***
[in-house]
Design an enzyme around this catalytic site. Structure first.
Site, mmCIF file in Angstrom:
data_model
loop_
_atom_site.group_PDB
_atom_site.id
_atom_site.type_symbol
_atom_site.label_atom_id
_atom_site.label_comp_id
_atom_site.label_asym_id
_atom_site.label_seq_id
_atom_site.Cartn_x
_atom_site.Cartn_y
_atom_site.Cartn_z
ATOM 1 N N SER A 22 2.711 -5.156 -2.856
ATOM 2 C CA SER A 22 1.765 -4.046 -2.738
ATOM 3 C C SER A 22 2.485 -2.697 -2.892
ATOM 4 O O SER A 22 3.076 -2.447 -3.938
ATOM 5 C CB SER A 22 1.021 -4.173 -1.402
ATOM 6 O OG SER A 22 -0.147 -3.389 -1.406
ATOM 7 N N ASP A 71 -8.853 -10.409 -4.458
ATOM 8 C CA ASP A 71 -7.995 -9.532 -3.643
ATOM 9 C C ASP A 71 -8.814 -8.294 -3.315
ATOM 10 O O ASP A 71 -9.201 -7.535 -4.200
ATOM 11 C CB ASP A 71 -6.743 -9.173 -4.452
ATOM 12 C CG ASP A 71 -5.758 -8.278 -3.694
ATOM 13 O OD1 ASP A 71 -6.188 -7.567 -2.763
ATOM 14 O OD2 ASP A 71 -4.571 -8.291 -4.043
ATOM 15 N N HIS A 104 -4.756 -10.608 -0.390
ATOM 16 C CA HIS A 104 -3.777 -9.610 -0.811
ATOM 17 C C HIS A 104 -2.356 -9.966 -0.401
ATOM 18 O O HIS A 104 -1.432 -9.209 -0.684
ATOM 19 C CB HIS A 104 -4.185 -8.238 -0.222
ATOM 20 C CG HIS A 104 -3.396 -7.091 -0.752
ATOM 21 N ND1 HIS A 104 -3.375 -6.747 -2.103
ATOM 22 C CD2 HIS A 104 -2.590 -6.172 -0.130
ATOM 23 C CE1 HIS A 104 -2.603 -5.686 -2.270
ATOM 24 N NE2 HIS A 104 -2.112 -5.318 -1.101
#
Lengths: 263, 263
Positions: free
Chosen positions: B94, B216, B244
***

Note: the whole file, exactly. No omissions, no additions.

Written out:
[in-house]
Design an enzyme around this catalytic site. Structure first.
Site, mmCIF file in Angstrom:
data_model
loop_
_atom_site.group_PDB
_atom_site.id
_atom_site.type_symbol
_atom_site.label_atom_id
_atom_site.label_comp_id
_atom_site.label_asym_id
_atom_site.label_seq_id
_atom_site.Cartn_x
_atom_site.Cartn_y
_atom_site.Cartn_z
ATOM 1 N N SER A 22 2.711 -5.156 -2.856
ATOM 2 C CA SER A 22 1.765 -4.046 -2.738
ATOM 3 C C SER A 22 2.485 -2.697 -2.892
ATOM 4 O O SER A 22 3.076 -2.447 -3.938
ATOM 5 C CB SER A 22 1.021 -4.173 -1.402
ATOM 6 O OG SER A 22 -0.147 -3.389 -1.406
ATOM 7 N N ASP A 71 -8.853 -10.409 -4.458
ATOM 8 C CA ASP A 71 -7.995 -9.532 -3.643
ATOM 9 C C ASP A 71 -8.814 -8.294 -3.315
ATOM 10 O O ASP A 71 -9.201 -7.535 -4.200
ATOM 11 C CB ASP A 71 -6.743 -9.173 -4.452
ATOM 12 C CG ASP A 71 -5.758 -8.278 -3.694
ATOM 13 O OD1 ASP A 71 -6.188 -7.567 -2.763
ATOM 14 O OD2 ASP A 71 -4.571 -8.291 -4.043
ATOM 15 N N HIS A 104 -4.756 -10.608 -0.390
ATOM 16 C CA HIS A 104 -3.777 -9.610 -0.811
ATOM 17 C C HIS A 104 -2.356 -9.966 -0.401
ATOM 18 O O HIS A 104 -1.432 -9.209 -0.684
ATOM 19 C CB HIS A 104 -4.185 -8.238 -0.222
ATOM 20 C CG HIS A 104 -3.396 -7.091 -0.752
ATOM 21 N ND1 HIS A 104 -3.375 -6.747 -2.103
ATOM 22 C CD2 HIS A 104 -2.590 -6.172 -0.130
ATOM 23 C CE1 HIS A 104 -2.603 -5.686 -2.270
ATOM 24 N NE2 HIS A 104 -2.112 -5.318 -1.101
#
Lengths: 263, 263
Positions: free
Chosen positions: B94, B216, B244